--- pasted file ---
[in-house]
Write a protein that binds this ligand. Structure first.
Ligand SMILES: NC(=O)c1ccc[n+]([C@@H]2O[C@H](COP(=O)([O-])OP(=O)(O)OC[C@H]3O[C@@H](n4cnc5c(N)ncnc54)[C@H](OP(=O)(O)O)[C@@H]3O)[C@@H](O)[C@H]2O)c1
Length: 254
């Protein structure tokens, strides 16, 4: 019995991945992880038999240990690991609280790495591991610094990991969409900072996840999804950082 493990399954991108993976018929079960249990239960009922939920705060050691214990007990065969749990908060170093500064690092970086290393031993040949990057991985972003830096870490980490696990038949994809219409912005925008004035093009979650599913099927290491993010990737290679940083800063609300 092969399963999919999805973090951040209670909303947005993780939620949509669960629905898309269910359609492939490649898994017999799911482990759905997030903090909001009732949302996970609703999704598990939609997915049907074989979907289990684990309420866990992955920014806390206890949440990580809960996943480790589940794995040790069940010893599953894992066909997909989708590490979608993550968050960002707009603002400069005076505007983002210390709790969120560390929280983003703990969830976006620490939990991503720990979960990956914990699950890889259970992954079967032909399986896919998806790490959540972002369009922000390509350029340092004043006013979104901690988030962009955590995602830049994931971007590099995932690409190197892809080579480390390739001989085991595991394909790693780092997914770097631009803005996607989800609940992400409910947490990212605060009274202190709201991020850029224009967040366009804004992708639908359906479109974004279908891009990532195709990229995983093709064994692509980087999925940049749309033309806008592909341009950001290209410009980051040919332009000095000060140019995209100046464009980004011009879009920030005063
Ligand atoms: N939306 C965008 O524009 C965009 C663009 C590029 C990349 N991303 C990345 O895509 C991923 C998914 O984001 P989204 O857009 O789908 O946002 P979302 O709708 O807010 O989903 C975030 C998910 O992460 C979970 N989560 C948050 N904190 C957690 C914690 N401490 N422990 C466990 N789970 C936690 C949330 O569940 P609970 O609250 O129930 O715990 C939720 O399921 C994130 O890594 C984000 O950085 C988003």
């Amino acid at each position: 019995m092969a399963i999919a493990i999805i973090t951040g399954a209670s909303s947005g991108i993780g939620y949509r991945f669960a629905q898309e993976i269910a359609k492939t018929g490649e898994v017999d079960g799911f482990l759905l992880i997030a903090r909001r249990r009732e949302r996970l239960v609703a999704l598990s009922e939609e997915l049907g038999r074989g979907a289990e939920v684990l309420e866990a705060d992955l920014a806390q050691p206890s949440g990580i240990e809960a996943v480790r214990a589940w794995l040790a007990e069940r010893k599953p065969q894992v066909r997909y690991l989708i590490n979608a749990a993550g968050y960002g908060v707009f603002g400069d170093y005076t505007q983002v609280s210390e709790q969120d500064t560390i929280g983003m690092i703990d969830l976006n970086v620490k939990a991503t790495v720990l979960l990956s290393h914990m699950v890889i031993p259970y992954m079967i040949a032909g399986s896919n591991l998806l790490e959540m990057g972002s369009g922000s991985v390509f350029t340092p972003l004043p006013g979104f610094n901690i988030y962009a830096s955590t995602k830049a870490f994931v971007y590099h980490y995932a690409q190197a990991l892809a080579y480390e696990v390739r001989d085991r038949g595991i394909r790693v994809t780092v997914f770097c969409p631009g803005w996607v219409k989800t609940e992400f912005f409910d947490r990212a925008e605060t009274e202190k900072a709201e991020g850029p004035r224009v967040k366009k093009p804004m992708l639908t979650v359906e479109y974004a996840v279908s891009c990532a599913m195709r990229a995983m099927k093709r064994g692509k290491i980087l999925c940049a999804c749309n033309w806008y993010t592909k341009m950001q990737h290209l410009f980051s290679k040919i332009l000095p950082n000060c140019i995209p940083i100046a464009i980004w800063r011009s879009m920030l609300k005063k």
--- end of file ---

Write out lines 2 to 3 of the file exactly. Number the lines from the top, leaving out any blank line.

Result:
Write a protein that binds this ligand. Structure first.
Ligand SMILES: NC(=O)c1ccc[n+]([C@@H]2O[C@H](COP(=O)([O-])OP(=O)(O)OC[C@H]3O[C@@H](n4cnc5c(N)ncnc54)[C@H](OP(=O)(O)O)[C@@H]3O)[C@@H](O)[C@H]2O)c1